Wednesday, July 9, 2014

The Primal Way to Show Love to Your Child

by Phoebe Farag Mikhail

Congratulations to Marianna A. for winning my "Brain Candy" giveaway, a copy of the novel Illuminations by Mary Sharratt. I'd like to Visit the "Brain Candy" section of my AStore for more summer reading recommendations, and stay tuned for the next giveaway!

I’ve written about how important it is to discover our children’s primary love languages in a previous post about The Five Love Languages of Children. According to the book, primary love languages don’t emerge until children are a little older, past the preschool years. Until then, parents should share love with their children in all five languages. So this is my second post in a five part series with practical examples of using the five love languages with my own children. You can read my first post, on words of affirmation, here.

Love Language: Physical Touch
Sometimes, my pre-schooler wakes up on the wrong side of the bed, often with no obvious explanation, like going to bed late the night before, or being unusually hungry (I admit, he gets this from his mom). We used to combat his negativity with more negativity, which of course led to a downward spiral of arguments and time-outs all day. Reflecting on this, I considered another way to combat his morning bad moods. Lately, he had been getting interested in medicine, pretending to be a doctor and giving us “shots” with any writing instrument he could find. I had an epiphany, and decided to try my new idea the next time toddler woke up in a bad mood.

Soon enough, pre-schooler had a cranky morning. After refusing to say his morning prayers or eat his breakfast on no uncertain terms, I looked him and said, “It looks like you lost your good mood somewhere. I think we need to go back to your room, have an operation and find your good mood!”

Curiosity peaked, he allowed me to scoop him up and take him back to his room, where we conducted the following “operation:”

“First, we smooth out the frown on your face.” I smooth his frown wrinkles in between his eyes with my thumb.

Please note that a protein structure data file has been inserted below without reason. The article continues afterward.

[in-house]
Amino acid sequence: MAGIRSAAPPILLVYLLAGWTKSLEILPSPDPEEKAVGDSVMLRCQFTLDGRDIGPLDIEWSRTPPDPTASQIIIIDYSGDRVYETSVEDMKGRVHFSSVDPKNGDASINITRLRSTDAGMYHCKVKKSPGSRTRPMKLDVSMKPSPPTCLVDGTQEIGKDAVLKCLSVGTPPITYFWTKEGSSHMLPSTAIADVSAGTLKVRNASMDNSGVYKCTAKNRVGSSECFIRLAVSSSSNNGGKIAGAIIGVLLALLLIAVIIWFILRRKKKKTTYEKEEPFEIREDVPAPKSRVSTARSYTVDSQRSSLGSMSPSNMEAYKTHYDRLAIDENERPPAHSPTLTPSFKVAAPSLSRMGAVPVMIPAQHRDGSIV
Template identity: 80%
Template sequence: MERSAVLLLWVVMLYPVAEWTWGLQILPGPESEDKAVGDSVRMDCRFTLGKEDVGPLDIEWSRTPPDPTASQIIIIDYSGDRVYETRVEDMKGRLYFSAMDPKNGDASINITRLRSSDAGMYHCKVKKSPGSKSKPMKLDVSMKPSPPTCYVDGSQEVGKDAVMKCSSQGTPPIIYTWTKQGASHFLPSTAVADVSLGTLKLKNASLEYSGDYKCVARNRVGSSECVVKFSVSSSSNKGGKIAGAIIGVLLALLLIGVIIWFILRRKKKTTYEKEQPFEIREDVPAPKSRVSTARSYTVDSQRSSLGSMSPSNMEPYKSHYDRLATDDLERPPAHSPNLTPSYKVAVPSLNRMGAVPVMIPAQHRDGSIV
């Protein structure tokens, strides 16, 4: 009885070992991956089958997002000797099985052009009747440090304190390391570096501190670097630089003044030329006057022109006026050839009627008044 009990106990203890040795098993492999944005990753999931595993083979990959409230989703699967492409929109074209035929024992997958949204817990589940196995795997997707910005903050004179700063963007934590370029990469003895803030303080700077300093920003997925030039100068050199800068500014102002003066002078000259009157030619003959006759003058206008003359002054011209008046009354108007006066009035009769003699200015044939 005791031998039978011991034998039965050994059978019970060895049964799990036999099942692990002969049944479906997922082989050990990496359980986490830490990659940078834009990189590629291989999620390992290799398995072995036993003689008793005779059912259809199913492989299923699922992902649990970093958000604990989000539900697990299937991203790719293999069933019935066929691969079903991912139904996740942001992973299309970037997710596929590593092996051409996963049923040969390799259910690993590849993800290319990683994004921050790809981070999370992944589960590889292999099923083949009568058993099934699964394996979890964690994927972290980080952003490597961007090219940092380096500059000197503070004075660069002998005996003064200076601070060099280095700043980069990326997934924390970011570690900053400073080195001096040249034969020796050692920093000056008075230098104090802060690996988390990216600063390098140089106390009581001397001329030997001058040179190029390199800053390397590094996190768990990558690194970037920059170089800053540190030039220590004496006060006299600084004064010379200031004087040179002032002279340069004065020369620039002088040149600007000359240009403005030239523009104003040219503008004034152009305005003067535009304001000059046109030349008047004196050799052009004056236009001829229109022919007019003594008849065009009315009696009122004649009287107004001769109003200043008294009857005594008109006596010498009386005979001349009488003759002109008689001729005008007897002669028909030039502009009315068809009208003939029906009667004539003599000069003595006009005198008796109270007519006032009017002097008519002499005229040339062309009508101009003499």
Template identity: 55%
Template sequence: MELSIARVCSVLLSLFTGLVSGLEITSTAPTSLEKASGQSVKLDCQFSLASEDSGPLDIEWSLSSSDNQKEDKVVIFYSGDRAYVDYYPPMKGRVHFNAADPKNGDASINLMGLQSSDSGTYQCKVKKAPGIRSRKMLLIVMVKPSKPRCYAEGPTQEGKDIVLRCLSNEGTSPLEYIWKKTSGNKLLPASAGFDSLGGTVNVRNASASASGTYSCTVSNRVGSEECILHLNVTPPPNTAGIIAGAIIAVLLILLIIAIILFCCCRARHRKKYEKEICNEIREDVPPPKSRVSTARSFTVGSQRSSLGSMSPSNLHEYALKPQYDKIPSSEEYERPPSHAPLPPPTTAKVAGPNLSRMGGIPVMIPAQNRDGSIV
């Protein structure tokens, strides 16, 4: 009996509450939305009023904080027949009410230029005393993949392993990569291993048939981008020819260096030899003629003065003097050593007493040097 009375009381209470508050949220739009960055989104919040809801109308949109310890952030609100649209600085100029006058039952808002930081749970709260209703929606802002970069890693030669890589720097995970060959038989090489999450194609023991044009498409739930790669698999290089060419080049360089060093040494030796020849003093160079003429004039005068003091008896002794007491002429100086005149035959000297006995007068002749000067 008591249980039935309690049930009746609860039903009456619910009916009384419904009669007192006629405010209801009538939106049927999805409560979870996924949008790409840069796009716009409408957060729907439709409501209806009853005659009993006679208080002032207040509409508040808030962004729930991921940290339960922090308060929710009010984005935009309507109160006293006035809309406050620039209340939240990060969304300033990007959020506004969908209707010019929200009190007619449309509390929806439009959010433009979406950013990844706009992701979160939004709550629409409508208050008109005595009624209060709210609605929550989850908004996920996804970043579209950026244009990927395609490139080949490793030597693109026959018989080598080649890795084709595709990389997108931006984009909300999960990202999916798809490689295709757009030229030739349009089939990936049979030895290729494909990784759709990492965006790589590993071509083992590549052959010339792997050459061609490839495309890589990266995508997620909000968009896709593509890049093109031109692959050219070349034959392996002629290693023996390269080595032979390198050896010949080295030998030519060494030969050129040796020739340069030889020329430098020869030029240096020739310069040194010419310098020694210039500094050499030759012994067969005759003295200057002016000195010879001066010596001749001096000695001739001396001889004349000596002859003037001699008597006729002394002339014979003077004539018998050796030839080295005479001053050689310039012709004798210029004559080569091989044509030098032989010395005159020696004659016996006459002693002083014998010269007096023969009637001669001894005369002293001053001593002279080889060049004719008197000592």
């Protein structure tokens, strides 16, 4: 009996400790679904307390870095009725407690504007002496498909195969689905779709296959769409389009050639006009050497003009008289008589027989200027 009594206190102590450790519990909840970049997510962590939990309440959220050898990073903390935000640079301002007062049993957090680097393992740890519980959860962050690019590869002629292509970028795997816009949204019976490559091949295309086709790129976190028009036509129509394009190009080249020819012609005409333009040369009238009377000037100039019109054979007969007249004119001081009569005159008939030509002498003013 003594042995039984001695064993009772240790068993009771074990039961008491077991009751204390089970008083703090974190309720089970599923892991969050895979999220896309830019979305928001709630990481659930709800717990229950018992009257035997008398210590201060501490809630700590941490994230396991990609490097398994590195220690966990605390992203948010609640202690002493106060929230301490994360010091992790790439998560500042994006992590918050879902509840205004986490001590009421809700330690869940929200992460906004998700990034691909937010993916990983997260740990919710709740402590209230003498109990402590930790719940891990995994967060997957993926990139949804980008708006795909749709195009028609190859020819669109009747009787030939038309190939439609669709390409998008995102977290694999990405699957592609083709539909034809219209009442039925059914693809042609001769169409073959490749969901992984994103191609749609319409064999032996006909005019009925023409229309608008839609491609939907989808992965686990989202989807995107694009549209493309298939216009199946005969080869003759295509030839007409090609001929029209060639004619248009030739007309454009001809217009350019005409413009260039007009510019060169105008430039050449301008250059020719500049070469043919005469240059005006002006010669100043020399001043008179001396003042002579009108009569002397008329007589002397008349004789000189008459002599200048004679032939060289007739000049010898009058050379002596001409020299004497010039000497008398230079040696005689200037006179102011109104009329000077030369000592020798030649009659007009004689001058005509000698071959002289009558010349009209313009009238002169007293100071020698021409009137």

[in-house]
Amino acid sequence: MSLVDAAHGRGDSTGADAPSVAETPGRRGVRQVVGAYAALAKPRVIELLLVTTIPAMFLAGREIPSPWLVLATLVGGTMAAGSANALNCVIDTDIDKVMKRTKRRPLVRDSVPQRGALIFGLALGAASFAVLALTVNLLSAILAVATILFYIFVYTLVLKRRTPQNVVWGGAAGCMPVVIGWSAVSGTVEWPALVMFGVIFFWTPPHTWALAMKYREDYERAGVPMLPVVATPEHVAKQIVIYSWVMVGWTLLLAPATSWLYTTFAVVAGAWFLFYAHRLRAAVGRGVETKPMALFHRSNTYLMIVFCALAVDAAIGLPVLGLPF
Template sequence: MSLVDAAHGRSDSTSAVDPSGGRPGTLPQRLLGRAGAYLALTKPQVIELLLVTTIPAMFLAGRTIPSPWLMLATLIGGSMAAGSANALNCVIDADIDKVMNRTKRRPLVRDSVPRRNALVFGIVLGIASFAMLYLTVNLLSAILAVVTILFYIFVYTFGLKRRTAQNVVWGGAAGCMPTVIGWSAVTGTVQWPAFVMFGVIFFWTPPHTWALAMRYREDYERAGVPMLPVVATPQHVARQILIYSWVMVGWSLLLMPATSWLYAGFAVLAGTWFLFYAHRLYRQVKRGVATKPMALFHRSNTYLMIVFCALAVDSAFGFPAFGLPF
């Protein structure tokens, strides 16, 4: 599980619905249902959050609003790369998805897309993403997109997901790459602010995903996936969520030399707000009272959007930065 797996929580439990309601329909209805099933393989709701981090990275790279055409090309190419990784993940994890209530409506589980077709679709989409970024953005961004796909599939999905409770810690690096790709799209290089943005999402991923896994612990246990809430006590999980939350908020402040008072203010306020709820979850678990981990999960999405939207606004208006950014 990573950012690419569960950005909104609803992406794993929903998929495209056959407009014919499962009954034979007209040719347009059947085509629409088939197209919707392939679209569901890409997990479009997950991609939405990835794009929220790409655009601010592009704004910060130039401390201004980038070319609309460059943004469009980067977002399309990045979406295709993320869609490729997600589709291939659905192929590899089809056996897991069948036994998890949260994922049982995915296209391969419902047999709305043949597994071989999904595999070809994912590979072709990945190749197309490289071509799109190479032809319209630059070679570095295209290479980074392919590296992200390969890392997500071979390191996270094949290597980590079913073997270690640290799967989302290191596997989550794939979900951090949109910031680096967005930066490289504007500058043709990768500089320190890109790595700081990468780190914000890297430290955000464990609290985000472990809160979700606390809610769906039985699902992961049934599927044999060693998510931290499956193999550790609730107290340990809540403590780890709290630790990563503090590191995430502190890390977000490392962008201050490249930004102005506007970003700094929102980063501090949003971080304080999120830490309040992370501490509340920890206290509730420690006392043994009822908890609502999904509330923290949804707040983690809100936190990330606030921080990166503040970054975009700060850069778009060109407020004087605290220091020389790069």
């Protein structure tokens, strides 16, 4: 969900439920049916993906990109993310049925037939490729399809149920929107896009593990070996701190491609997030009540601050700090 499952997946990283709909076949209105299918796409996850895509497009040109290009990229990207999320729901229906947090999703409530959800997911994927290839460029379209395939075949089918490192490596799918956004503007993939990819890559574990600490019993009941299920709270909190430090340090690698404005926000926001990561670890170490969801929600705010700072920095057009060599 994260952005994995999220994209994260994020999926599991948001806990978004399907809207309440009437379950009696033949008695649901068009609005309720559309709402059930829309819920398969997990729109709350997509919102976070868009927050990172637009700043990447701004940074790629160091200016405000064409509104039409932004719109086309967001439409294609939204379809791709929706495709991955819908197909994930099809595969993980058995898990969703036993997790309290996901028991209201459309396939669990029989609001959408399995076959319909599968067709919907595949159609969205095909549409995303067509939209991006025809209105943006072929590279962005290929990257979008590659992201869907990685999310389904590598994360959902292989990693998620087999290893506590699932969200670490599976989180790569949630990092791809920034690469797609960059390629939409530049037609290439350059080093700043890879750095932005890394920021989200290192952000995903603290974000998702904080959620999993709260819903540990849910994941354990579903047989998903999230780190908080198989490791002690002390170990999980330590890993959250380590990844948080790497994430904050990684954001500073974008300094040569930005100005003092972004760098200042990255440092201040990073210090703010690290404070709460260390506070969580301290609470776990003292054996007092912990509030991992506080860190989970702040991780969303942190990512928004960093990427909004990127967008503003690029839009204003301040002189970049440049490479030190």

“Second, we find your smile.” I turn up the corners of his lips; by this time he may already be smiling.

“Third, we TICKLE TICKLE TICKLE TICKLE!!!” By this time he’s laughing.

Finally, I ask, “Did we find your good mood?”

Usually, he’s laughing at this point, and says, “yes,” which is promptly followed by a hug. Sometimes he says “no,” just so we can do the “operation” again. Occasionally, it doesn’t work – sometimes he’s just crabby, and sometimes it is for valid reasons, like hunger, a late night, perhaps a headache, or a bad dream that he can’t verbalize. Sometimes we don’t do the whole “operation” – just scooping him up and holding him is enough to remind him that he is loved, even when he is cranky.

It’s no accident that in the well known story in Luke 18 and Matthew 19, parents bring their children to Jesus so He could touch them, and pray for them. “Then they also brought infants to Him that He might touch them; but when the disciples saw it, they rebuked them. But Jesus called them to Him and said, ‘Let the little children come to Me, and do not forbid them; for of such is the kingdom of God.’” (Luke 18:15-16, NKJV). By asking Jesus to touch their children, they were asking Him to express love for them. One of the first ways a child receives love from parents is through physical touch.

The emotional and psychological benefits of cuddling infants and young children are well known; some studies have even shown that cuddling premature babies helps them experience less pain during medical procedures.

I have no trouble finding opportunities to cuddle my two year old – she will often play for a little, then come over to me to be hugged and kissed, then go back to playing. My son did that too, but the “cuddle breaks” are fewer and further between as he spends more and more time focused on play. Thankfully, showing love through physical touch does not always mean cuddles, hugs and kisses. He still likes to sit on my lap to read a book, ride piggy back on Mom or Dad, play rough-and-tumble every so often, hold my hand when he’s scared, or help me “find his good mood.”

How do you show your older child how much he or she is loved?